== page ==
Crypto Coach: How to account for your crypto trades to the tax man

In the words of the immortal Benjamin Franklin, "In this world, nothing is certain except death and taxes." In the crypto world, taxes are a certainty. This week the Crypto Coach explains how taxes factor into your crypto trades and how crypto tax software can properly account for your transactions.

Let's be perfectly clear: Your cryptocurrency is taxable! 

The cryptocurrency marketplace really hit its stride in 2021. It brought more financial institutions and individual investors into buying, holding and selling coins than ever before. For tax year 2021, the IRS wants to know if you held, sold or traded virtual currency (including NFTs); it is a required field to enter. The 2021 Form 1040 includes a required question about cryptocurrency.

crypto-1.png

Cryptocurrency is treated like property for tax purposes. You have gains and losses on your crypto. Depending on how many trades you did, this can be a daunting task. Some exchanges just send you a Form 1099-B which simply shows your proceeds (buys and sells combined) and requires you to submit a cost basis. If you don't have this information, you are on the hook. 

ZDNet Recommends

12 cryptocurrencies you need to know 12 cryptocurrencies you need to know There are thousands in circulation. These are worth watching.

In the crypto world, if you purchase and hold a virtual coin, you owe zero taxes. For example, I purchased 0.10 Bitcoin in 2021 for $6,000. Bitcoin has a cost basis of 60,000 fiats (or $60,000). If I hold this Bitcoin, or any virtual coin, for all of 2021, and I don't sell or trade it for another coin, I owe no taxes for 2021. I still have to mark "Yes" in the question above, but I owe no taxes since no taxable event has occurred. I am simply holding the coin. We call this HODL in the crypto world. 

Let's take it a step further now. Let's say I sell Bitcoin in 2021 and Bitcoin is now valued at $35,000. I sell that 0.10 Bitcoin for $3,500. I sold this Bitcoin for a $2,500 loss. When I do my taxes, I have a documented loss of $2,500. 

If Bitcoin happens to shoot up to $100,000 and I sold 0.10 BTC for $10,000, I now have a gain of $4,000. We would owe capital gains taxes on $4,000, not the original $6,000 we purchased Bitcoin with. 

I will pause here. I know this is a lot, but I think you get the principle. It's the same as purchasing stocks, but now here's where it gets interesting. You also owe taxes on trade-to-trades!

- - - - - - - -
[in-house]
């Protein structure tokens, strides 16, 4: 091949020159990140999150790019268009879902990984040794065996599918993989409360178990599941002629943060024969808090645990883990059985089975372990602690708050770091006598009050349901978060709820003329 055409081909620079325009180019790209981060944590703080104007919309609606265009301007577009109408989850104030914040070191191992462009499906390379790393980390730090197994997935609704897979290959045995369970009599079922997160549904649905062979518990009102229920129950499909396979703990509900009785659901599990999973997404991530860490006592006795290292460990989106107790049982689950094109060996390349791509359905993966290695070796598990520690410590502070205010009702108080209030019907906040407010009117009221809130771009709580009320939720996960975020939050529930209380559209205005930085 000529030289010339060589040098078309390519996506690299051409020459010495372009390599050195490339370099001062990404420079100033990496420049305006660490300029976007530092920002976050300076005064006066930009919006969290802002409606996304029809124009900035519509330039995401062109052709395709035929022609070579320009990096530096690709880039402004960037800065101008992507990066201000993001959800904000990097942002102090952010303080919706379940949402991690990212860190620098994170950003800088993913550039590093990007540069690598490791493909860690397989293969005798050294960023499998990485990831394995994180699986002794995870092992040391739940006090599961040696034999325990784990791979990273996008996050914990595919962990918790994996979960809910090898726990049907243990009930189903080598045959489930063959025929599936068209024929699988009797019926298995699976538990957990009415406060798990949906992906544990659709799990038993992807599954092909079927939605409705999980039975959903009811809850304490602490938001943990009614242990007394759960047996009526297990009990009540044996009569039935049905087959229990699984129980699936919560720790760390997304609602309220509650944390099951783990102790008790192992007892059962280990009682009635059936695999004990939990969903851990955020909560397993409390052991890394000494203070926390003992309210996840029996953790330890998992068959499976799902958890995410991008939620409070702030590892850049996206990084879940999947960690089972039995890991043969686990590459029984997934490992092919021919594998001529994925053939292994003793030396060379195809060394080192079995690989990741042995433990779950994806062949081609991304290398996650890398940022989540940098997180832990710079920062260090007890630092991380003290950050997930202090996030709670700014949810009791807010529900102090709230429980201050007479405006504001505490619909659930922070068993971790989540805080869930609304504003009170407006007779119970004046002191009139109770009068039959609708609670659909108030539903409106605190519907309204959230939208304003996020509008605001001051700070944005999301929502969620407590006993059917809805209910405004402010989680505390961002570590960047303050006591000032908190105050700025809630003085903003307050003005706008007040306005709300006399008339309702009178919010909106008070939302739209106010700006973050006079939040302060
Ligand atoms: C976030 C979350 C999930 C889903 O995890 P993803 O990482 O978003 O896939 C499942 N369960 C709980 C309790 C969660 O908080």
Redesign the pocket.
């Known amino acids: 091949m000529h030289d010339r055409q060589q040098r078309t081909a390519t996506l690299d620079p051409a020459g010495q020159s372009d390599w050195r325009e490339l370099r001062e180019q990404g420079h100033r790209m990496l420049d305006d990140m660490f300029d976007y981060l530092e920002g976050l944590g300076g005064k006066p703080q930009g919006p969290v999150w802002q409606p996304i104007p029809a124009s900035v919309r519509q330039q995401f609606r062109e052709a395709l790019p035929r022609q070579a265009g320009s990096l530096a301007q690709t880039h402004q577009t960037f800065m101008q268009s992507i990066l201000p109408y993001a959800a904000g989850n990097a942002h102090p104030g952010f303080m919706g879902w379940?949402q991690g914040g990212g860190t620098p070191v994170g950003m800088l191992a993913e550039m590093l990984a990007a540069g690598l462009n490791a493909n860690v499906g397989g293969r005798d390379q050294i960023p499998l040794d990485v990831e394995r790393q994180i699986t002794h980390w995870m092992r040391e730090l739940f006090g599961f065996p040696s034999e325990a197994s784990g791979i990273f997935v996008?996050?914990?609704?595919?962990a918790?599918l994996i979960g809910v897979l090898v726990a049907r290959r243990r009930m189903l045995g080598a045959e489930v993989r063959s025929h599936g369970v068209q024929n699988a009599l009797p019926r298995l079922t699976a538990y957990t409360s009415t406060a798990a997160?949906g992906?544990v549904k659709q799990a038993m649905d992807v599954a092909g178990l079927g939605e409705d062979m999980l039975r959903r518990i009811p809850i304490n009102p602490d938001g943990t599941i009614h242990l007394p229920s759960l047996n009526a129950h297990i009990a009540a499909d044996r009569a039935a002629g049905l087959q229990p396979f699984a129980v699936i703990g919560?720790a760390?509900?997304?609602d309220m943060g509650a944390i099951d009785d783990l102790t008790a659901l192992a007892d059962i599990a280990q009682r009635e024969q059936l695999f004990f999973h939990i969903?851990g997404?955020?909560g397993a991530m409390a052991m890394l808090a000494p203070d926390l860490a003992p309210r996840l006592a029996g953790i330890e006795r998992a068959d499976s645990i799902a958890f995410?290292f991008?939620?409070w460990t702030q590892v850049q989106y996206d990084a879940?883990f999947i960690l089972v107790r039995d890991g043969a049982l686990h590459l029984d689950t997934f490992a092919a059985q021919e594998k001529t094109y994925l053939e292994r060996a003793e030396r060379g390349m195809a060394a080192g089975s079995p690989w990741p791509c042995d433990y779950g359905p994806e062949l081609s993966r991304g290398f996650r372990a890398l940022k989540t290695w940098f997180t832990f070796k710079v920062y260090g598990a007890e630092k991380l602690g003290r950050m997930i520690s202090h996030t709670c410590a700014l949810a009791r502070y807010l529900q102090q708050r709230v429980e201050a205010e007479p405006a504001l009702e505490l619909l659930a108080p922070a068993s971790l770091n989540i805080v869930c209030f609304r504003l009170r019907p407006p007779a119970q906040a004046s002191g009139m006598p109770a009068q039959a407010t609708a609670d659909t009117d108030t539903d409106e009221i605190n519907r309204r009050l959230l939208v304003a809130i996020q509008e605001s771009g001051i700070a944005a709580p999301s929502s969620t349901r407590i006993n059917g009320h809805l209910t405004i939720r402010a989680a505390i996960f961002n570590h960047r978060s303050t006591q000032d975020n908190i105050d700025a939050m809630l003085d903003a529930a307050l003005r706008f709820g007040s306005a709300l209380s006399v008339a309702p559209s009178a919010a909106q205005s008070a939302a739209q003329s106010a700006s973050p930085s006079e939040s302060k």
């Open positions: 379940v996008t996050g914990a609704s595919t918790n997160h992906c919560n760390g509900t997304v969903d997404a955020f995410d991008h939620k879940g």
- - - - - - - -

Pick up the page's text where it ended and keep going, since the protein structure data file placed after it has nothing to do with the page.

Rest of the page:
If, for example, you purchase 0.10 Bitcoin for $6,000 (Cost Basis: $60,000 for 1 BTC) and you trade it for Ethereum (ETH), that's a taxable event. You would be responsible for the capital gains if any. Here's an example of a trade I did where my tax software handled it:

crypto-2.png

I exchanged the stablecoin Tether (USDT) for Ethereum which is a taxable event, but the exchange didn't incur capital gain, but rather a loss. 

Here is another example:

crypto-3.png

I exchanged MIOTA (IOTA) for USDT. The exchange is a taxable event. Converting it to USDT was a capital gain on a profit of $268.19. Tracking all of this in a spreadsheet would be overwhelming. You could have hundreds of trades in a year, if not thousands. 

This is why I use cryptocurrency tax software. There are many you can choose from such as:

With crypto tax software, you can connect your Exchanges and Wallets to the software and upload all of your transactions. I use Koinly to track all of my trades.

I have all of my Exchanges and Wallets connected, which include:

You can connect all of your Exchanges and Wallets (see below). It's simple to configure. Just choose your exchange and follow the instructions to connect via API or do a CSV upload. 

crypto-4.png

If, for example, you choose, Binance.US, you can choose Auto-Sync or Import from CSV.

crypto-5.png

The tax software will calculate your losses and gains and provide all the proper tax reports. It supports a direct upload into Turbotax as well as other options shown below:

crypto-6.png

The software also supports the taxes surrounding purchasing NFTs. Buying and Selling NFTs is a taxable event. Here is an example of the tax implication of an NFT I recently purchased:

crypto-7.png

Let's break it down. I purchased the NFT with ETH and you can see three trades:

  • Purchasing with ETH (cost basis of ETH was higher so I had a loss on the purchase since trade to trades is a taxable event). 
  • ZDNet Recommends

    The best tax software for small businesses and personal preparation The best tax software for small businesses and personal preparation Be sure you have the right tool to navigate this annual chore. We pick the very best software.
  • The NFT being deposited to my account is shown. 
  • Cost -- Gas fees 

Now when I sell the NFT, if I sell it for a profit, I have the cost basis tracked and I will know what my capital gains tax is. If I sell it for a loss, I will know what my loss is based on a cost basis. 

Cryptocurrency goes up and down many times a day. Since trade-to-trades are taxable events, trying to manage everything in a spreadsheet is next to impossible. It's very important if you are trading or purchasing to have an automated way to track your trades. 

Looking forward to our conversations in the comments below. 

Acronyms in this column

As promised, here are definitions of the acronyms I used:

Fiat - Currency we typically use to acquire goods and services. Examples include the US dollar, euro and yen. 

HODL - Simply a catchphrase. A misspelling of the word HOLD. If you hold a coin through the ups and downs, you are HODLING. Some even say Hold on to Dear Life. 

Show Comments